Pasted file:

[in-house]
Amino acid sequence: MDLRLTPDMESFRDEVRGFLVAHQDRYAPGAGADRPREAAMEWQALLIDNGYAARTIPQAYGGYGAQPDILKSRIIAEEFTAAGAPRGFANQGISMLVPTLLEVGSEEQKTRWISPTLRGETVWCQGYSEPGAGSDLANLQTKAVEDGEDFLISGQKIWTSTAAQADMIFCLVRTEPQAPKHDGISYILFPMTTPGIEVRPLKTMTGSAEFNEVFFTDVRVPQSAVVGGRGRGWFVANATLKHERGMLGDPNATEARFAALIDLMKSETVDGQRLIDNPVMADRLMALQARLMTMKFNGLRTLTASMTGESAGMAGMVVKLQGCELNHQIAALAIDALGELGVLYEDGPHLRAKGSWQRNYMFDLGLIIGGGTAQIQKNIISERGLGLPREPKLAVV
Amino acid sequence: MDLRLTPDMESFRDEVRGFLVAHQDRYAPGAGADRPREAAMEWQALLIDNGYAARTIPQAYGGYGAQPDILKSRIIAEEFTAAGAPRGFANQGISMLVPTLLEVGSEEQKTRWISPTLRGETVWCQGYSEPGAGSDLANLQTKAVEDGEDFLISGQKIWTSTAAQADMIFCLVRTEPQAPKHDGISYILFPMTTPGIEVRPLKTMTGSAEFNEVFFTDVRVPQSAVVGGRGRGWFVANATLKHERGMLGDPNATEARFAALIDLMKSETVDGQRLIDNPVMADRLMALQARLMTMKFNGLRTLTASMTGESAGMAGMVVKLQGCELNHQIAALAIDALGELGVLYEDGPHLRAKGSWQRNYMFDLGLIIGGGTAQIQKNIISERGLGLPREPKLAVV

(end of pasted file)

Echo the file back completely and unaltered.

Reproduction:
[in-house]
Amino acid sequence: MDLRLTPDMESFRDEVRGFLVAHQDRYAPGAGADRPREAAMEWQALLIDNGYAARTIPQAYGGYGAQPDILKSRIIAEEFTAAGAPRGFANQGISMLVPTLLEVGSEEQKTRWISPTLRGETVWCQGYSEPGAGSDLANLQTKAVEDGEDFLISGQKIWTSTAAQADMIFCLVRTEPQAPKHDGISYILFPMTTPGIEVRPLKTMTGSAEFNEVFFTDVRVPQSAVVGGRGRGWFVANATLKHERGMLGDPNATEARFAALIDLMKSETVDGQRLIDNPVMADRLMALQARLMTMKFNGLRTLTASMTGESAGMAGMVVKLQGCELNHQIAALAIDALGELGVLYEDGPHLRAKGSWQRNYMFDLGLIIGGGTAQIQKNIISERGLGLPREPKLAVV
Amino acid sequence: MDLRLTPDMESFRDEVRGFLVAHQDRYAPGAGADRPREAAMEWQALLIDNGYAARTIPQAYGGYGAQPDILKSRIIAEEFTAAGAPRGFANQGISMLVPTLLEVGSEEQKTRWISPTLRGETVWCQGYSEPGAGSDLANLQTKAVEDGEDFLISGQKIWTSTAAQADMIFCLVRTEPQAPKHDGISYILFPMTTPGIEVRPLKTMTGSAEFNEVFFTDVRVPQSAVVGGRGRGWFVANATLKHERGMLGDPNATEARFAALIDLMKSETVDGQRLIDNPVMADRLMALQARLMTMKFNGLRTLTASMTGESAGMAGMVVKLQGCELNHQIAALAIDALGELGVLYEDGPHLRAKGSWQRNYMFDLGLIIGGGTAQIQKNIISERGLGLPREPKLAVV